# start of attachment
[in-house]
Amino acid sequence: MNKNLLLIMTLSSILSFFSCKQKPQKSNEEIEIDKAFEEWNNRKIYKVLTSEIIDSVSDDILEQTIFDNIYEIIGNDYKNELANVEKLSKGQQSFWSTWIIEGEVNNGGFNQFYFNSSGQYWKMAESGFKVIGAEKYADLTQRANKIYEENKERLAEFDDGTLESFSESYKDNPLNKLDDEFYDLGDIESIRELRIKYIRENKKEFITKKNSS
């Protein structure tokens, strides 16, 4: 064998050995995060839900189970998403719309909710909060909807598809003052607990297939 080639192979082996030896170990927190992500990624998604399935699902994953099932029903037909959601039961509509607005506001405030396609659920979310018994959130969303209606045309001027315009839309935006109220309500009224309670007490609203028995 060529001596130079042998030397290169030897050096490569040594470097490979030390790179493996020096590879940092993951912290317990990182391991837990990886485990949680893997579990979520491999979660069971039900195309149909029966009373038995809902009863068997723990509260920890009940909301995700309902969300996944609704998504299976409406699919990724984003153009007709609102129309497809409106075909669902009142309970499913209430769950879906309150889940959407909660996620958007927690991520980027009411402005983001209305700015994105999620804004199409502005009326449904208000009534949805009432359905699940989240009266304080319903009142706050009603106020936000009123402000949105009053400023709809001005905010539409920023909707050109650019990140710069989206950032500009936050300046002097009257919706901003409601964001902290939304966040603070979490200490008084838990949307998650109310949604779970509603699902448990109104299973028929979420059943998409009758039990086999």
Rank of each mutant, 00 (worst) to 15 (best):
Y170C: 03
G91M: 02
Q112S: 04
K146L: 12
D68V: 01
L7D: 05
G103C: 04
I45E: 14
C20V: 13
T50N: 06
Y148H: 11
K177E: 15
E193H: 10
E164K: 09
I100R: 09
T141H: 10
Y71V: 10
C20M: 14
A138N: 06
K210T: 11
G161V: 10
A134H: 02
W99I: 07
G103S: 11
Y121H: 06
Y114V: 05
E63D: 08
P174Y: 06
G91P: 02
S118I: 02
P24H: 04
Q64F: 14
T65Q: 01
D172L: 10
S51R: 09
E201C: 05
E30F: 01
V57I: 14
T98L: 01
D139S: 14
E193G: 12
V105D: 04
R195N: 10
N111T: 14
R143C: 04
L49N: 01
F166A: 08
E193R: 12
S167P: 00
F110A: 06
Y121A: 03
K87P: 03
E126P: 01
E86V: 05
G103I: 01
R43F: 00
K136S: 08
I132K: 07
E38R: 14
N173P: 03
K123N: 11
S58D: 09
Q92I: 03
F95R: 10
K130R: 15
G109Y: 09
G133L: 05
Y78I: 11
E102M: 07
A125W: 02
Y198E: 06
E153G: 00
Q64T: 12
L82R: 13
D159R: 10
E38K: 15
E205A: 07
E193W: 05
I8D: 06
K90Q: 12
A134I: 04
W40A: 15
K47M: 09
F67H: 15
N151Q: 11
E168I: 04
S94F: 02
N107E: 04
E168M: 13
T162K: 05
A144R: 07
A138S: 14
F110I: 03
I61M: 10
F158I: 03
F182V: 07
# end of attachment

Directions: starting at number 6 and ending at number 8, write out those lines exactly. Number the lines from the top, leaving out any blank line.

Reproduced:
G91M: 02
Q112S: 04
K146L: 12